Ngā Haeata Mātauranga: Annual Report on Māori Education 2007/08
Ngā Haeata Mātauranga – The Annual Report on Māori Education, 2007/08 is the ministry’s one-stop-shop for data, evidence and information about Māori education.
Author(s): Education Information and Analysis Group / Group Māori [Ministry of Education]
Date Published: February 2009
Effective teaching and learning for Māori students and the conditions that support it. Within the Ka Hikitia – Managing for Success strategy, ako comprises two important aspects: culture counts and productive partnerships.
Best Evidence Synthesis
Research that draws on different pieces of existing research, increasing the sector’s understanding about what works in education.
Bilingual classrooms / units
Classes where some learners in a school are involved in te reo Māori (Māori-medium) education for between three and 20 hours per week.
A group of schools.
Shared understandings, practices, norms and values of a group of people.
A rating system that rates schools by the socio-economic status of its community.
Dispositions are ‘habits of mind’, or the willingness and inclination to do something, such as:
- recognising when it is relevant to draw on particular skills, knowledge, and values
- being motivated to use these to achieve the task at hand
- knowing how to do so appropriately.
English-medium or mainstream education
Teaching through the English language.
The range of information and data to inform practice.
Hui Taumata Mātauranga
Māori education summit.
Schools in which students are taught through Māori language for more than 80% of the time.
Tribe – social group of people with shared family links, culture and language dialect.
Ka Hikitia – Managing for Success
The Māori Education Strategy 2008–2012.
A manager that provides supervision and support in a cultural way. This includes the special and unique aspects of who and how Māori are in te Ao Māori. It is an term inclusive of the nature of the mahi within special education.
Kaupapa Māori education
Māori education that incorporates a Māori world view and ways of teaching in a range of settings including bilingual and immersion settings.
Māori language settings (early childhood education services) affiliated with Te Kōhanga Reo National Trust.
Kuia and Koroua
Female and male elders (respectively).
Kura kaupapa Māori
Māori language school settings based on Māori philosophies.
Levers for change
Tools or ways of working that will bring about change.
Schools where the teaching is in English.
Māori language education
All education that teaches Māori language skills and delivers education through te reo Māori.
Māori Language Education Framework
A framework that will guide government investment in achieving quality outcomes in Māori language education.
Teaching that includes significant use of te reo Māori. Learners are taught curriculum subjects in both te reo Māori and English or in te reo Māori only.
Māori knowledge, norms, principles and experiences that diverse Māori communities value and practise as part of their world view.
National Certificate of Educational Achievement (NCEA)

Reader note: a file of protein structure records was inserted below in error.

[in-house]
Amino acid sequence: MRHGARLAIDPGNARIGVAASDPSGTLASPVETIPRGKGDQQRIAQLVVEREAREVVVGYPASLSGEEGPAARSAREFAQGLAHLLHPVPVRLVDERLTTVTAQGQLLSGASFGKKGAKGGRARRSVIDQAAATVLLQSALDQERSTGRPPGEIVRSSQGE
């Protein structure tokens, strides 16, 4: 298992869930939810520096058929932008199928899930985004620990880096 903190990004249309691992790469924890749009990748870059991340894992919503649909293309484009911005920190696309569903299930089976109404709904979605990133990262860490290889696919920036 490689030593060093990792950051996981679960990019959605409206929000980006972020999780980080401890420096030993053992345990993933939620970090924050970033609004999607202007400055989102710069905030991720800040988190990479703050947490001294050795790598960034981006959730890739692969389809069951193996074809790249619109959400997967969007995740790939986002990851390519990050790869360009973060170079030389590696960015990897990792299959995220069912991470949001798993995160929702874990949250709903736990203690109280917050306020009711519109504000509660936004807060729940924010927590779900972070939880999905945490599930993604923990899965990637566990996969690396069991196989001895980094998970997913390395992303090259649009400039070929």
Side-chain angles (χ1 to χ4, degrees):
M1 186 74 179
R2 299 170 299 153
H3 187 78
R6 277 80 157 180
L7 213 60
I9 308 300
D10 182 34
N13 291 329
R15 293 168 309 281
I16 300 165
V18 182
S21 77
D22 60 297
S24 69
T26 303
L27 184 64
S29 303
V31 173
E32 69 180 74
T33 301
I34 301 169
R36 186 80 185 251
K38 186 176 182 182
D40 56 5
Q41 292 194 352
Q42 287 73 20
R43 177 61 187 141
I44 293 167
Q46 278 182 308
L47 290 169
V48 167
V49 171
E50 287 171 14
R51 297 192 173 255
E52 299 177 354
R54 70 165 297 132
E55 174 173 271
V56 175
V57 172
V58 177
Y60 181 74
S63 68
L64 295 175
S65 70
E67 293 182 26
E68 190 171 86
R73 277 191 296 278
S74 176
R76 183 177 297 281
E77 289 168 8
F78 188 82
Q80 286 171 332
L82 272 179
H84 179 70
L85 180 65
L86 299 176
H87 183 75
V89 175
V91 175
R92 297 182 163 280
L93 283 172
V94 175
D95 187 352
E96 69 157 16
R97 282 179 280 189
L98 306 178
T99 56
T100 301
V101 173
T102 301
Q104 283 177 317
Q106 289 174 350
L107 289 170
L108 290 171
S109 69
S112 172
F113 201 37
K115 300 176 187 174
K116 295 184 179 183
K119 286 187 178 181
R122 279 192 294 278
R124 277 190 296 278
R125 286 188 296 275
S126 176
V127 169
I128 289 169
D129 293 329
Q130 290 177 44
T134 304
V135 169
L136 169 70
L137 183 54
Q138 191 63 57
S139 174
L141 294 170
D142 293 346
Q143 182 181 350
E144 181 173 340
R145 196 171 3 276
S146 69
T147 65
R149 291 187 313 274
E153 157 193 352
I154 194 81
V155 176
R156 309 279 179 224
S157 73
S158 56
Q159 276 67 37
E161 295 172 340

National qualification for secondary school learners.
New Zealander of predominantly European descent.
People of Pacific Island descent.
A role in charge of linking tamariki, rangatahi and whānau with educators – to inform whānau about education.
Private training establishments
Training establishments in New Zealand that offer a wide range of courses, most tending to specialise in particular subjects.
An early childhood centre.
Area / specific geographic location.
Schooling improvement projects
Targeted professional development programmes to lift learner achievement.
A programme of action to ensure that every young person is participating in education, skills,or structured learning, relevant to their needs and abilities, until the age of 18.
Of or involving both social and economic factors.
Statement of Intent
Document that sets out how a government agency will deliver their contribution to government goals and priorities.
Student Engagement Initiative
A project focused on engaging learners in school.
Something of value, treasure.
Te Aho Matua
Māori charter that sets out principles and practices of teaching and learning for kura kaupapa Māori (schools designated under section 155 of the Education Act 1989).
Te Ao Māori
Māori world view and values.
Te Mana (ki te Taumata)
An initiative that encourages learners of all ages to take responsibility for their education.
Te Marautanga o Aotearoa
The draft curriculum for Māori-medium schooling.
Te Puni Kōkiri
The government agency for Māori development.
Māori custom (shared practices and principles).
Māori tertiary establishment characterised by teaching and research that develops, maintains, advances and disseminates Māori knowledge.
Family or group of people with a close common bond.
- Message from the Secretary for Education
- Chapter 1: Introduction
- Chapter 2: Foundation Years
- Chapter 3: Young People Engaged in Learning
- Chapter 4: Māori Language Education
- Chapter 5: Organisational Success
- Summary of National and International Assessment Tools and Achievement Data
For more publication-related information, please email the: Information Officer Mailbox